Tag Archives: Visiting

A Beautiful Thing

Shelby has her credentials!

My dog Shelby is a certified therapy dog. This means she has passed a test indicating that she is qualified to visit nursing homes, assisted living facilities, hospitals, residential care facilities, hospice patients, and she can participate in “Read to a Dog” programs at libraries and schools. It also means that she exhibited a temperament that is suitable for such “work.” It is work, even though this is a volunteer position and cannot be done for money, as certified by the organization we are members of.

Shelby and I have not done any visiting since February of 2020. This was the time Covid started to rear its ugly head in our area. Nursing homes and the like were one of the first things to be shut down because of the vulnerable nature of their residents. It was deemed too great a risk for dog and handler teams to visit. (And I agree with this determination.)

As late spring 2021 arrived, things were looking up as the Covid vaccine started to be distributed. Case numbers fell and it was safer to go out, with the proper safeguards. I got Shelby’s veterinary care and records up to date and sent away for her 2021 credentials, seen above. I was taking steps so we would soon be ready to resume visiting our friends at a local facility and maybe consider going back to the schools with the Reading Role Model program through the United Way.

Now cases are sky rocketing again to over 100,000 per day in our country. I’m not feeling so safe anymore. And I certainly don’t want to take a chance on spreading Covid to any people Shelby and I would visit. I am not ruling out the possibility that Shelby and I may still be able to visit this year, but I am putting our return on hold for a while longer.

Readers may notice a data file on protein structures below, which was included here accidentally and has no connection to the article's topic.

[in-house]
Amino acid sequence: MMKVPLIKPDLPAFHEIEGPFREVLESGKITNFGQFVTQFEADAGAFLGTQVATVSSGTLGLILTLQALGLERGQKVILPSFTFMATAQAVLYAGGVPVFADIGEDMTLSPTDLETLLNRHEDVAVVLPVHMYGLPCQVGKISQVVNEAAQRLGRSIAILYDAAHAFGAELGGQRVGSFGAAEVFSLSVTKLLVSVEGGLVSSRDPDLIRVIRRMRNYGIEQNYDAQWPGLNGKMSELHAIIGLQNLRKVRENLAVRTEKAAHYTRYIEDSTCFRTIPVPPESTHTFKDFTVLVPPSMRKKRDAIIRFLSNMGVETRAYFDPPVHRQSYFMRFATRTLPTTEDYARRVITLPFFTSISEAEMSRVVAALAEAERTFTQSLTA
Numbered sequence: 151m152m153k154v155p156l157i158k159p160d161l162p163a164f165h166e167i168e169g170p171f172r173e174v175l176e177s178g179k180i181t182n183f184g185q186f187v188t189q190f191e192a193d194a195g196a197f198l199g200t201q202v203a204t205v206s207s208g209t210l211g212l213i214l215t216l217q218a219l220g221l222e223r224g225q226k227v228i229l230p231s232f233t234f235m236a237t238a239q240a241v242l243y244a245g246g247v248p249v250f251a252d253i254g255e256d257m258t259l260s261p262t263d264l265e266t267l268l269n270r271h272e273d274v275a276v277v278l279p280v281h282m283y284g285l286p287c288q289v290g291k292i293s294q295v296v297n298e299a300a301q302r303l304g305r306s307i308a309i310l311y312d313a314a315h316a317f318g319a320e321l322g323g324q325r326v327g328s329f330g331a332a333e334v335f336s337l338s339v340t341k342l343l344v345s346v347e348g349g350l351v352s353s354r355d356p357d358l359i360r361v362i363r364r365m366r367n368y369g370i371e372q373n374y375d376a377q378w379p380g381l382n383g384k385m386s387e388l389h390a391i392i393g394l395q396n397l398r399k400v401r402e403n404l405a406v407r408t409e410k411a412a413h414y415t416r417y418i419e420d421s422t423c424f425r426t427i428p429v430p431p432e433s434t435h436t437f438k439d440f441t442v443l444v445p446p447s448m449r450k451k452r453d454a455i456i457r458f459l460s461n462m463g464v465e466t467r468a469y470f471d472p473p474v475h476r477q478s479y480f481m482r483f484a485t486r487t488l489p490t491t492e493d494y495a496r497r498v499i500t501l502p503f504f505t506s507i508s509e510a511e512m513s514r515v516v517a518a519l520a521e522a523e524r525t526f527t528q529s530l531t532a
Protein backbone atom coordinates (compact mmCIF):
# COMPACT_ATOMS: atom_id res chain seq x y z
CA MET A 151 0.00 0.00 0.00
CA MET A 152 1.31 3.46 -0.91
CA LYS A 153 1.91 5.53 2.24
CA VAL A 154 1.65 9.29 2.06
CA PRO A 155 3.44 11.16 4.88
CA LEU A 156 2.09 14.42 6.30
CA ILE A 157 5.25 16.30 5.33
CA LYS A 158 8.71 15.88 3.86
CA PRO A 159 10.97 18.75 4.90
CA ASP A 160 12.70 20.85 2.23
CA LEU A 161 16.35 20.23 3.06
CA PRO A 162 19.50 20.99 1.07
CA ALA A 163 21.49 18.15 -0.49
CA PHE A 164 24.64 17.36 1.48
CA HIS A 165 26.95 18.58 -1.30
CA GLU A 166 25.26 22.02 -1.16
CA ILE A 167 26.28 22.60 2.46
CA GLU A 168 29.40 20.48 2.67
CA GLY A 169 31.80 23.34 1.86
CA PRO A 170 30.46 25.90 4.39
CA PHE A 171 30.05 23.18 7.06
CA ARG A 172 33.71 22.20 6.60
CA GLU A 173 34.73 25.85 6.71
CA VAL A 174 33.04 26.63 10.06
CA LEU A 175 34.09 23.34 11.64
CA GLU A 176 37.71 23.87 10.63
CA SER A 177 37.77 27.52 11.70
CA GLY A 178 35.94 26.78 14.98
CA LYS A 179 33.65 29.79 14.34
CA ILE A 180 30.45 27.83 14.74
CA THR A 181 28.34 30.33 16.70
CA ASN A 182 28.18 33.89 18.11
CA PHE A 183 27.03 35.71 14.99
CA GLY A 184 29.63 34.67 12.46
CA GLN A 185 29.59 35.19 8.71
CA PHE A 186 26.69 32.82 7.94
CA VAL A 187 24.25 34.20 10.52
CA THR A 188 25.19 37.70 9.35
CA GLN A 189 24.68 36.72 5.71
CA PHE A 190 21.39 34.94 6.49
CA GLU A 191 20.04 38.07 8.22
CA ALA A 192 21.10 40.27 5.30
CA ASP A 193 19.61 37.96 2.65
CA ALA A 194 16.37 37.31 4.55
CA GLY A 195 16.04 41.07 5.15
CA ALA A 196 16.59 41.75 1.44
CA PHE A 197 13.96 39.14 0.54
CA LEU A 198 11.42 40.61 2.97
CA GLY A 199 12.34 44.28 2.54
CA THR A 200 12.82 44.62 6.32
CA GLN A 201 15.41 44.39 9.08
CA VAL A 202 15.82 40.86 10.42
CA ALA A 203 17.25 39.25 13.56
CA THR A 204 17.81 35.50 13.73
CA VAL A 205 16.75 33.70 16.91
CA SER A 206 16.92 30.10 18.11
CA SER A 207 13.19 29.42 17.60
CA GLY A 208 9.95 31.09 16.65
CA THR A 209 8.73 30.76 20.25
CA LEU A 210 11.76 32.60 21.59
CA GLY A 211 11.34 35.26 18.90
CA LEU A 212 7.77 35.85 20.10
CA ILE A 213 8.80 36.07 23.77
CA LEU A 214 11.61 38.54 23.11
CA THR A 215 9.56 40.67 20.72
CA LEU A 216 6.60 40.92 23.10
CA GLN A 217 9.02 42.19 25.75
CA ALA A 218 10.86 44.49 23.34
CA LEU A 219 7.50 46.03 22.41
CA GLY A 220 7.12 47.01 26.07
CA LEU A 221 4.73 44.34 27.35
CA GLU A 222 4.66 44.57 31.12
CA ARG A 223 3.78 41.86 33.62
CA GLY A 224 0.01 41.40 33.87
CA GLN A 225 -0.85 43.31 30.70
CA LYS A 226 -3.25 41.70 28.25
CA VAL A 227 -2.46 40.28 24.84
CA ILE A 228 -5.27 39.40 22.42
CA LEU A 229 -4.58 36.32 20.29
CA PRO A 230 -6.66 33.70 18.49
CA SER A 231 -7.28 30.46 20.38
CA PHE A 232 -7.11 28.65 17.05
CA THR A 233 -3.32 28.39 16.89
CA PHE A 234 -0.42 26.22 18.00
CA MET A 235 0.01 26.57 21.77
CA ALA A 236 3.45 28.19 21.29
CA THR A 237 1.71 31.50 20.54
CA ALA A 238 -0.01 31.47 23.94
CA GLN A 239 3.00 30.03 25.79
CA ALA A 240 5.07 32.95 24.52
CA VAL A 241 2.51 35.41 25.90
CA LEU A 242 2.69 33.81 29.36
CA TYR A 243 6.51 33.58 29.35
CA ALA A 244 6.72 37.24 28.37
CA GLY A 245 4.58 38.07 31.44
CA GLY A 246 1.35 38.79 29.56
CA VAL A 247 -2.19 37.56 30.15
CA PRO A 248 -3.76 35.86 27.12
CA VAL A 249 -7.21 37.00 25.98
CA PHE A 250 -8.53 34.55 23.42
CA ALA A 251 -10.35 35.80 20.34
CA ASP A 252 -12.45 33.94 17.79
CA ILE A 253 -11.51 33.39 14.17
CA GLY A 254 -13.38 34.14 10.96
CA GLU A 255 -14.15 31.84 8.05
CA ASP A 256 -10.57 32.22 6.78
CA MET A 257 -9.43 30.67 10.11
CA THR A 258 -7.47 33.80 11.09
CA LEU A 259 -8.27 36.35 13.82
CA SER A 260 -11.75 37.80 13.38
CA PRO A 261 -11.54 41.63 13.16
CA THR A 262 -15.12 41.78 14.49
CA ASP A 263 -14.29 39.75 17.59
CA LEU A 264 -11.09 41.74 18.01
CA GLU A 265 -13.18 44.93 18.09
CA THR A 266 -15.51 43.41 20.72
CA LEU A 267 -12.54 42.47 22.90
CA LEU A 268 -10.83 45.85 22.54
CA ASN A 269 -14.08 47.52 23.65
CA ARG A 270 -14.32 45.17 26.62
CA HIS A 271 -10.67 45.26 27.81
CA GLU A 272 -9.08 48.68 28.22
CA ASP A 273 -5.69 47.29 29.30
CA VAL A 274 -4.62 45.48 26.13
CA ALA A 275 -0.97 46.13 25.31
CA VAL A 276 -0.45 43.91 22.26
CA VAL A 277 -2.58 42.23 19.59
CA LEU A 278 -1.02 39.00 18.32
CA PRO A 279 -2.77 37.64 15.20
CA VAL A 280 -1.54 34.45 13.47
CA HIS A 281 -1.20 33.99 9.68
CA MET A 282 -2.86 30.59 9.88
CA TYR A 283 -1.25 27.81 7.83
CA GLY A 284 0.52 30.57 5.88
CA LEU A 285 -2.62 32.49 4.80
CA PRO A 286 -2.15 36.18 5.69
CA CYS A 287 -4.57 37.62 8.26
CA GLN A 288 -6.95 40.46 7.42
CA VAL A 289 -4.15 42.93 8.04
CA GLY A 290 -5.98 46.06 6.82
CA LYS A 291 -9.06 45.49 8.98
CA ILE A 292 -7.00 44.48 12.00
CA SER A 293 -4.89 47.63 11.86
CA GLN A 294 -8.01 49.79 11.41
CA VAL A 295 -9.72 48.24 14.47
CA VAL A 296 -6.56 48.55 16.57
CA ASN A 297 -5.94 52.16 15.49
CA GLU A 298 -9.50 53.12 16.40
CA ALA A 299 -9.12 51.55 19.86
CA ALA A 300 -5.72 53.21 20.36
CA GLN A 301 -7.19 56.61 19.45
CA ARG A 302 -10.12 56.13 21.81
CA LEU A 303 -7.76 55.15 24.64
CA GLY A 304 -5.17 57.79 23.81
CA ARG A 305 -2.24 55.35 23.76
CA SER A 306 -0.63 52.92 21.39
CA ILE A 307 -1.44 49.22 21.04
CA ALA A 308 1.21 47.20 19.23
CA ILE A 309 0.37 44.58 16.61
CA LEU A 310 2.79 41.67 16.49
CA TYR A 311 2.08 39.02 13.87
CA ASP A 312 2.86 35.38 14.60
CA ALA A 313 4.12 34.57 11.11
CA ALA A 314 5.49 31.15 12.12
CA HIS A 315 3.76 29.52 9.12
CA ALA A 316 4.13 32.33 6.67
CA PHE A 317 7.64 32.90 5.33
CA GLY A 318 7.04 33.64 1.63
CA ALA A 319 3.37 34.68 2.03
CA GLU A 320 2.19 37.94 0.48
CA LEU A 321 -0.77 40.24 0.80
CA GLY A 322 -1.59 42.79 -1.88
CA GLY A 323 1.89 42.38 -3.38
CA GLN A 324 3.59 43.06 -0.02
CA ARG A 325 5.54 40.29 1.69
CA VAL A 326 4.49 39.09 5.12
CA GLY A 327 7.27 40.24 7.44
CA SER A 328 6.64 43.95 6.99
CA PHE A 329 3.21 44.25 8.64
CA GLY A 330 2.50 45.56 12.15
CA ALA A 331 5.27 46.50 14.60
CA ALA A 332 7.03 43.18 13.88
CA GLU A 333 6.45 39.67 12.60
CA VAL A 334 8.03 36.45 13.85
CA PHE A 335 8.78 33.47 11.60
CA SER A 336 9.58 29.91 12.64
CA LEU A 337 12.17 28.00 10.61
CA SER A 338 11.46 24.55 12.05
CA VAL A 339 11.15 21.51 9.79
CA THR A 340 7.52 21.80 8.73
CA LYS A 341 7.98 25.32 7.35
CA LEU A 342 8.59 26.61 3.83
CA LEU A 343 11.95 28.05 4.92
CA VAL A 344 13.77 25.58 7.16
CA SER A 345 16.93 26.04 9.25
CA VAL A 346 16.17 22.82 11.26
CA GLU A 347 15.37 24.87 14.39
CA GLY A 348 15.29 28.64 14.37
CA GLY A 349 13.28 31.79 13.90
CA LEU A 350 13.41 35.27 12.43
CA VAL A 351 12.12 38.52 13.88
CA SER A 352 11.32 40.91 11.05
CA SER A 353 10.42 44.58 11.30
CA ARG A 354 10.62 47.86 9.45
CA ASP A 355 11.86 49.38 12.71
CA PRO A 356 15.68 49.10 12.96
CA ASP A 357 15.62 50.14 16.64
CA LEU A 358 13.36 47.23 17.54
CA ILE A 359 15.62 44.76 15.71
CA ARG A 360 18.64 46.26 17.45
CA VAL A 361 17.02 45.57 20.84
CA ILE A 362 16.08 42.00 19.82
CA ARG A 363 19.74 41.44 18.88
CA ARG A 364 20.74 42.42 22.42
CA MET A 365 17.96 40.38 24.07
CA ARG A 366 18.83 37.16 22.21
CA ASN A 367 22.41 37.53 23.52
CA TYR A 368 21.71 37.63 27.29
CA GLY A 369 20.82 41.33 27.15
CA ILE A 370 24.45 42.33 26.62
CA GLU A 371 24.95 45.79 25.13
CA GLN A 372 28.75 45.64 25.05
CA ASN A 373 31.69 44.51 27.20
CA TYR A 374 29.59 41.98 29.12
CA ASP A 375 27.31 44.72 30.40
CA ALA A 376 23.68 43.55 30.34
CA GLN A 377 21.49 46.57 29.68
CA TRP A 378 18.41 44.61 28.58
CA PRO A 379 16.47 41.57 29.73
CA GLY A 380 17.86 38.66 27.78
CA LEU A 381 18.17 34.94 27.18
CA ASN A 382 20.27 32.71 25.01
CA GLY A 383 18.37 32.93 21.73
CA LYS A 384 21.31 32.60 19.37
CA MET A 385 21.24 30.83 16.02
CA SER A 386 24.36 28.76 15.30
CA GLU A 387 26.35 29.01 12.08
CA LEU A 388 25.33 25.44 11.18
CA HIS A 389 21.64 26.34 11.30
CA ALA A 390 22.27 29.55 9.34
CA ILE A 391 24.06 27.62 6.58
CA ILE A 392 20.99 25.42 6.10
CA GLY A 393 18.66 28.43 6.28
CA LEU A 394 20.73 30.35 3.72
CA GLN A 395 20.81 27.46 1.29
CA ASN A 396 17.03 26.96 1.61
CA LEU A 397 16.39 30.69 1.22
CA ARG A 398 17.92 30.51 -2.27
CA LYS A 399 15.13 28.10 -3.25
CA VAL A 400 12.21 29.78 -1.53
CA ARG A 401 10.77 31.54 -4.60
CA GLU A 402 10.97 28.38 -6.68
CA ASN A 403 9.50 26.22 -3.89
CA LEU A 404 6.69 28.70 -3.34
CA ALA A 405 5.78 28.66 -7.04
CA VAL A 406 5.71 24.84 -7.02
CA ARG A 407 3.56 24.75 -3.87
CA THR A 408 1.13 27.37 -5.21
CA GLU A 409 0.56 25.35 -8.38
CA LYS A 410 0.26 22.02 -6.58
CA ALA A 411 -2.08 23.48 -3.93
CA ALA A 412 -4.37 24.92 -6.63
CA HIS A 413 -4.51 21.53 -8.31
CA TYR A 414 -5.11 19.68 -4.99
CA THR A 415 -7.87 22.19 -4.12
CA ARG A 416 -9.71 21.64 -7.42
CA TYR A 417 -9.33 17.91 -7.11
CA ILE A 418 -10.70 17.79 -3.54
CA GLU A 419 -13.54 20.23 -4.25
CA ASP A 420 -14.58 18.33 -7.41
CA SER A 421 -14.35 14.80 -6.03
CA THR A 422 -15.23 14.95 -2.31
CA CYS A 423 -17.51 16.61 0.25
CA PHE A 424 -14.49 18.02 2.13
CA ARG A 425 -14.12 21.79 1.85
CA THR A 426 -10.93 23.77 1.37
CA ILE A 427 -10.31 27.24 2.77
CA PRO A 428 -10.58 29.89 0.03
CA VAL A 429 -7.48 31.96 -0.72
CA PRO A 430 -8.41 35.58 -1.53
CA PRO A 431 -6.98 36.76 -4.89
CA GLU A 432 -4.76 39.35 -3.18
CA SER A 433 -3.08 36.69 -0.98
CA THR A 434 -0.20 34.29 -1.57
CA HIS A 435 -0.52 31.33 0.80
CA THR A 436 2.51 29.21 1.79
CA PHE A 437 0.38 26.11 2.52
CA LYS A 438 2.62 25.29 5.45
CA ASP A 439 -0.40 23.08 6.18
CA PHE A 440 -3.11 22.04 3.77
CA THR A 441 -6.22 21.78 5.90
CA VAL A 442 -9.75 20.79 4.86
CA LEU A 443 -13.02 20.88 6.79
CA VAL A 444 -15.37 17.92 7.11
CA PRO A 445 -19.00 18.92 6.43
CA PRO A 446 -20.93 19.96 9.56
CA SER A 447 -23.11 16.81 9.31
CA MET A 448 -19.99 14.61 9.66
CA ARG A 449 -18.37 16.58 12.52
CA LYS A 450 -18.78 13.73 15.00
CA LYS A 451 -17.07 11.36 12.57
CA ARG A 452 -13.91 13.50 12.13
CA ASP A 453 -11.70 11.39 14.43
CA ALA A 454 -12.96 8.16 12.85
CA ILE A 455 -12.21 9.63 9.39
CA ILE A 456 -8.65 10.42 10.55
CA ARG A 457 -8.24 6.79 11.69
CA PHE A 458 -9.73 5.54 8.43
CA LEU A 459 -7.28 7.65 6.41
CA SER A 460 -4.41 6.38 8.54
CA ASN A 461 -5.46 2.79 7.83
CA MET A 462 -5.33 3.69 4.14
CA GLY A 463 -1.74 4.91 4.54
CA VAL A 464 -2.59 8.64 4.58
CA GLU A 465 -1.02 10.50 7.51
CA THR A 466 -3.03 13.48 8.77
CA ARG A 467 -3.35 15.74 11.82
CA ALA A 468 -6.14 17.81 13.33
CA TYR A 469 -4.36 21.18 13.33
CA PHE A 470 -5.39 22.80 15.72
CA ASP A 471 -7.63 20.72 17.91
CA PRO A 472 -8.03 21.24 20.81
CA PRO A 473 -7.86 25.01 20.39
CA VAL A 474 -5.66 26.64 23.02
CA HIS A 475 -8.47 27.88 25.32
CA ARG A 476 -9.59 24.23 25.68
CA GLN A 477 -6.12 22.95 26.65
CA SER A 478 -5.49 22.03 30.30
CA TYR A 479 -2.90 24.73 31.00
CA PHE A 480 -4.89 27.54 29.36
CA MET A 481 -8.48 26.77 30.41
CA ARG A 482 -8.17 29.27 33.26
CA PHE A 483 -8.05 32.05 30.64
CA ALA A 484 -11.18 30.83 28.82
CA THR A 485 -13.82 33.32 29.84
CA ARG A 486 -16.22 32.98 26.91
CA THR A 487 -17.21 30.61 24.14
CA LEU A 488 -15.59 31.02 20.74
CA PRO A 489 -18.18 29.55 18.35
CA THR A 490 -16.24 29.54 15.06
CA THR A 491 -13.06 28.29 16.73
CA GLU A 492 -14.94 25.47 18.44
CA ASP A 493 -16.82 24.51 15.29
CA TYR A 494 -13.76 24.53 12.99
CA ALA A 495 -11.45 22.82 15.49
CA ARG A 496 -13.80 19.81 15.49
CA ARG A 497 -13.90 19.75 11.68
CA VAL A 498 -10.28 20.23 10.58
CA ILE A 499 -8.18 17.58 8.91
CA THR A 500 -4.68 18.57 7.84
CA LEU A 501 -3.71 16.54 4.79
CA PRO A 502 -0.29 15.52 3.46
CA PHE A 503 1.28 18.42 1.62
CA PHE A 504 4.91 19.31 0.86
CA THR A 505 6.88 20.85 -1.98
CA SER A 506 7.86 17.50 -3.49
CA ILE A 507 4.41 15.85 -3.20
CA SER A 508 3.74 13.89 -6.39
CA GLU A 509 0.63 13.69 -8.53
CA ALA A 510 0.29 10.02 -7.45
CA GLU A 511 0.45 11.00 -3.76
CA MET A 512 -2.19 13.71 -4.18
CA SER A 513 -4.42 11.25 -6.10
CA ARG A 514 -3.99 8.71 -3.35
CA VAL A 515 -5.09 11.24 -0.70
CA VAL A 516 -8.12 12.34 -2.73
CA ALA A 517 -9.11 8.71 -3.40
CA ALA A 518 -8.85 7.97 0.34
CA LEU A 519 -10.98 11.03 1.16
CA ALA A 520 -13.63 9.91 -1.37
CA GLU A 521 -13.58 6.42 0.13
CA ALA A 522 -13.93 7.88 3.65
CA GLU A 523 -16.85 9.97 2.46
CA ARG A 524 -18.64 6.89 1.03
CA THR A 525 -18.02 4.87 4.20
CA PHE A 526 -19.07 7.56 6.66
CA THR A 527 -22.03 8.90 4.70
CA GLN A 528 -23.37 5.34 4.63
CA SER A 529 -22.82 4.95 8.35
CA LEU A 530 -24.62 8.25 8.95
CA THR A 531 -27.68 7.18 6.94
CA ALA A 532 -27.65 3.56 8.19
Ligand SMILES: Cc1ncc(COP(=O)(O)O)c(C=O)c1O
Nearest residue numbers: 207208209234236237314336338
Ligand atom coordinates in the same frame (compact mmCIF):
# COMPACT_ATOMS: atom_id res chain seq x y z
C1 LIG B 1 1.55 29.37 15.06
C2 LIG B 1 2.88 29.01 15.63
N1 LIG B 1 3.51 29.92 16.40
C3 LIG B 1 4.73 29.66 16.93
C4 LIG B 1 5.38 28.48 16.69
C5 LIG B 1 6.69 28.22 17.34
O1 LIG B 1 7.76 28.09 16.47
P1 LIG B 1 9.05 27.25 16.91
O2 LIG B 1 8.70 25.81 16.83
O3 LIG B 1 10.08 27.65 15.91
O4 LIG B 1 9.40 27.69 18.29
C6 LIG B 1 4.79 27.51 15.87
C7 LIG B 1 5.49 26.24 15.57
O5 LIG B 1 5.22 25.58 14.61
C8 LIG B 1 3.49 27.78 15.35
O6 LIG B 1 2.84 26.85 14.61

Shelby after a Reading Role Model visit a couple years ago.

This is a sad thing to me for multiple reasons. The obvious is there are more Covid cases and some people will die from it. Some will suffer long term, perhaps permanent, damage.

And then there are my self-centered reasons. I need to be more cautious when I do go out in public. I must be sure I have my mask and avoid mass gatherings. (No, I don’t like wearing a mask. I consider it the responsible thing to do, for myself and others even though I have had the vaccine.)

I have other selfish concerns too. Will the folks I used to visit still be at the nursing home? A few of them probably died in the year and a half since I was last there. Will they still be able to remember us? Shelby is 11 1/2 years old now. She had just turned 10 when last we visited. That is a long time in dog years. I have no doubt that she will still do a fine job and be a reliable partner for me. She may tire faster than she used to and I will have to pay attention to know if she needs a break. I will also need to think about training a younger dog to take her place when it is time for her to retire. I like to train my new dog with the old one. They learn faster and take cues from the old pro. I have found this to be the best way to train a therapy dog for me. And it’s best if I do it over a long period of time. Months, at least. I can teach a dog the basics faster, but giving the new dog time to ease into it and process the adjustments has given me dogs that I feel are more confident and trustworthy.